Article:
Numerical Simulation of Blood Flow in a Straight Artery Under the Influence of a Magnetic Field

G. C. Shit[1], A. Sinha[1], A. Mondal[1], S. Majee[1]
[1]Jadavpur University, Kolkata, West Bengal, India
Published in 2014

In this work, we have developed a three-dimensional numerical simulation for blood flow through an arterial segment in the presence of an externally applied magnetic field. The study bears the potential applications in simulation-based medical planning system for cardiovascular disease that provides computational methods to evaluate alternative surgical treatment. This study also motivates towards the increase of magnetic field strength in MRI machines with an aim to get better resolution of the scan images. The system of nonlinear coupled partial differential equations governing the magnetohydrodynamic flow of blood has been solved without neglecting the induced magnetic field.

The software has been used to perform numerical simulation for blood flow. The convergence of numerical solutions has been verified by using mesh refinement. The large amount of computations has been performed by solving seven equations for seven unknowns. The number of degrees of freedom at each node points of the model has increased by seven times.

The interaction between electrically conducting fluid (blood) with the applied magnetic field causes reduction in blood velocity and thereby increases blood pressure in order to maintain constant flow rate within the artery. Figure 1 shows that the axial induced magnetic field creates two lobes on each side of the main current line along Y-direction. One of these two lobes of axial induced magnetic field circulating in the same direction as the direction of flow, while the other circulates opposite to the flow direction. The arrow plot indicates the direction of current flows. It is observed that the current is circulating along the central Y-direction perpendicular to the direction of flow and applied magnetic field. Once the current reaches near the wall of the vessel, it moves downwards and forms lobes. This fact lies in the consideration of non-conducting vessel walls and forces them to re-circulate within the vessel.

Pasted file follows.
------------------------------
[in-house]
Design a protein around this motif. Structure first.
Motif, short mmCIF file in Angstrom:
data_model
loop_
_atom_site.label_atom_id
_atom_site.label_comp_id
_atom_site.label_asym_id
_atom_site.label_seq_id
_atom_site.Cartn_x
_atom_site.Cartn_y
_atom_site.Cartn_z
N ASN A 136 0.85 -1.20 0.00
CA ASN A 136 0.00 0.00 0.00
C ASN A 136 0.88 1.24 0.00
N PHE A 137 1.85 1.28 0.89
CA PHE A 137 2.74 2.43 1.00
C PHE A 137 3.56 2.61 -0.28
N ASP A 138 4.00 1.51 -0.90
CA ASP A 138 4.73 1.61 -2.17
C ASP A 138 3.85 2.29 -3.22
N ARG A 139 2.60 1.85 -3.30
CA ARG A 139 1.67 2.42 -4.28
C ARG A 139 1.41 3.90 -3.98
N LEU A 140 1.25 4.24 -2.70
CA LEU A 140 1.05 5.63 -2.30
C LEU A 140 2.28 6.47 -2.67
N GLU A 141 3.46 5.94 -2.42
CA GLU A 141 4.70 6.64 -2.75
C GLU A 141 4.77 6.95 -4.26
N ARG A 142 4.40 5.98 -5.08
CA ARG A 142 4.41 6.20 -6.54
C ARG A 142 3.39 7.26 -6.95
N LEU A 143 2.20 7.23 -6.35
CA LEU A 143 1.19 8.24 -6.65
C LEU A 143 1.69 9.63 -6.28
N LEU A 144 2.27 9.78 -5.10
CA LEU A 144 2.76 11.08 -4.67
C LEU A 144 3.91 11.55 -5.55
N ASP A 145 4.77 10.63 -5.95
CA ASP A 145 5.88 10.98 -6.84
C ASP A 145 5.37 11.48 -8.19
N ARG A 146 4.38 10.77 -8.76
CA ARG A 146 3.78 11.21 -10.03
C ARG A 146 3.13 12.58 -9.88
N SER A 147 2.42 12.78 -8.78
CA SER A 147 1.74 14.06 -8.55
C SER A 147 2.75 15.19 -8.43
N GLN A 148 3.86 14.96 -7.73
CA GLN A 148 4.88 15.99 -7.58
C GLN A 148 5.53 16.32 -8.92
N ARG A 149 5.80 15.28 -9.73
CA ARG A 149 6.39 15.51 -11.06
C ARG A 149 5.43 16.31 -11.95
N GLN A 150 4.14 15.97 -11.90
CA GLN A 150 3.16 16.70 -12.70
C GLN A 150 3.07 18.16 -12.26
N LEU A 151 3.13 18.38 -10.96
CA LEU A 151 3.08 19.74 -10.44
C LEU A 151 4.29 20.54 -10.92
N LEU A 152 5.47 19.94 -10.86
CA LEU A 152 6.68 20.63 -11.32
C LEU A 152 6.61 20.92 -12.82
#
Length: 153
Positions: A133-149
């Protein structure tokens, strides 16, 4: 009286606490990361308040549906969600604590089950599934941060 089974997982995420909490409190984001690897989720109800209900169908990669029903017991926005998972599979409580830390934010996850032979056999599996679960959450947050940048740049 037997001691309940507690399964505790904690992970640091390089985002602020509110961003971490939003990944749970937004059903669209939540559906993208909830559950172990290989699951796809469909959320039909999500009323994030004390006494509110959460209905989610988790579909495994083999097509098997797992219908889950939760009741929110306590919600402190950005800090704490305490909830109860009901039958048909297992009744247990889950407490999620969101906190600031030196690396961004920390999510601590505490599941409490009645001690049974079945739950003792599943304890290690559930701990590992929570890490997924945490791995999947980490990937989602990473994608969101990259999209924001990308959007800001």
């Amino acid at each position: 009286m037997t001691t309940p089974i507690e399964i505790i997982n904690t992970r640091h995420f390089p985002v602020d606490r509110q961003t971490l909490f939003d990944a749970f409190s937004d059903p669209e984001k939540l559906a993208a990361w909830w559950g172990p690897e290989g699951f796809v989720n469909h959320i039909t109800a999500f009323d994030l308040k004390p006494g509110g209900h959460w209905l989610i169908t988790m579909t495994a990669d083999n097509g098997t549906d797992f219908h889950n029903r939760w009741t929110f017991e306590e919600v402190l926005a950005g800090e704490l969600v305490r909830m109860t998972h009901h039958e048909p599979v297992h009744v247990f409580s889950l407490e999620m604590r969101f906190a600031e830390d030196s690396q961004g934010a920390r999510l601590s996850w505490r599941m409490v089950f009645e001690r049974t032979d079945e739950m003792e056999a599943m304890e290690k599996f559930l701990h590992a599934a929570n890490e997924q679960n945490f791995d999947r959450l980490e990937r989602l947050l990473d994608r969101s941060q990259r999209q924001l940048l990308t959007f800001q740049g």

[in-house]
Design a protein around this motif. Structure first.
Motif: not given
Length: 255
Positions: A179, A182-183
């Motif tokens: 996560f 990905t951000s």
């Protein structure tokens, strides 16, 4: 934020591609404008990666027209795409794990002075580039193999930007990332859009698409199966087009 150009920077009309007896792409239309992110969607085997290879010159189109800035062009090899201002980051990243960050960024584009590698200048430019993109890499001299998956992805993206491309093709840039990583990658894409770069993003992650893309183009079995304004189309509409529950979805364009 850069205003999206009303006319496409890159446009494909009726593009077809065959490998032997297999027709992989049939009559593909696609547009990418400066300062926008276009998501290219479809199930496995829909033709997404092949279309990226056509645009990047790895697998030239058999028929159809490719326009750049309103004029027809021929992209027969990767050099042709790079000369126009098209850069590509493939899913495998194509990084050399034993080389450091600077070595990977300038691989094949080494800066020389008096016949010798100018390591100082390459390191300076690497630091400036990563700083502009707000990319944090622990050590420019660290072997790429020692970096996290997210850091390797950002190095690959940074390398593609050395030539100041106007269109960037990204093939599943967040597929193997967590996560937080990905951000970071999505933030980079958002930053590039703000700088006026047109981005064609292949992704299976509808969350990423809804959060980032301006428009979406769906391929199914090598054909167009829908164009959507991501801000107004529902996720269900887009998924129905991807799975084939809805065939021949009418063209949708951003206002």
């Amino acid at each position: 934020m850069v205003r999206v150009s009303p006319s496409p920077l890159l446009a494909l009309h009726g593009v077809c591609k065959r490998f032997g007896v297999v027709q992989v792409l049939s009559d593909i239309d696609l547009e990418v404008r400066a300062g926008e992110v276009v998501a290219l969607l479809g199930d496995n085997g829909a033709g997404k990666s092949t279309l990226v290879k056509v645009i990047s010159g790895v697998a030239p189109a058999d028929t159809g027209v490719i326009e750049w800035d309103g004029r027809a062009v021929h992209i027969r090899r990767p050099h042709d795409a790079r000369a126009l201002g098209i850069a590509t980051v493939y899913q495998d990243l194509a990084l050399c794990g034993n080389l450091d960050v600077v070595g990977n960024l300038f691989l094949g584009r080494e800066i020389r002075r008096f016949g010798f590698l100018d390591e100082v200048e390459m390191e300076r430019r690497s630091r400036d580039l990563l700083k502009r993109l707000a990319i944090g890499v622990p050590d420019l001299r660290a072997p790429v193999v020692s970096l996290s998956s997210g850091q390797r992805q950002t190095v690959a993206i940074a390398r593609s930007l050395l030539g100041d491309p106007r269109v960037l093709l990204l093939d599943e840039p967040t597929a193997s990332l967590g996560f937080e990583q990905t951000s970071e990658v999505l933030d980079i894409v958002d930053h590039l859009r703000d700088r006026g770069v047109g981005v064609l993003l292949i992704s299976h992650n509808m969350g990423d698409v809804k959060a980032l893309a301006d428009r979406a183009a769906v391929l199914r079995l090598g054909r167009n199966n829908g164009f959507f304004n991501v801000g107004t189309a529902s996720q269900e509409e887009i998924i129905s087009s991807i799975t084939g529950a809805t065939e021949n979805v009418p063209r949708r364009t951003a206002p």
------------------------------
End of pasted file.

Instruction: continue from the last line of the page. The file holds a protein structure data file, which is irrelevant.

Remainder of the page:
Thus our study presented here bearing some important physiological phenomena and provides a lot of information to the scientists/researchers/experimentalists who are interested in cardiovascular flow simulation particularly in the patient-specific models. In the near future, our aim is to study the blood flow simulation using COMSOL Multiphysics® software in the curved artery under magnetic environment.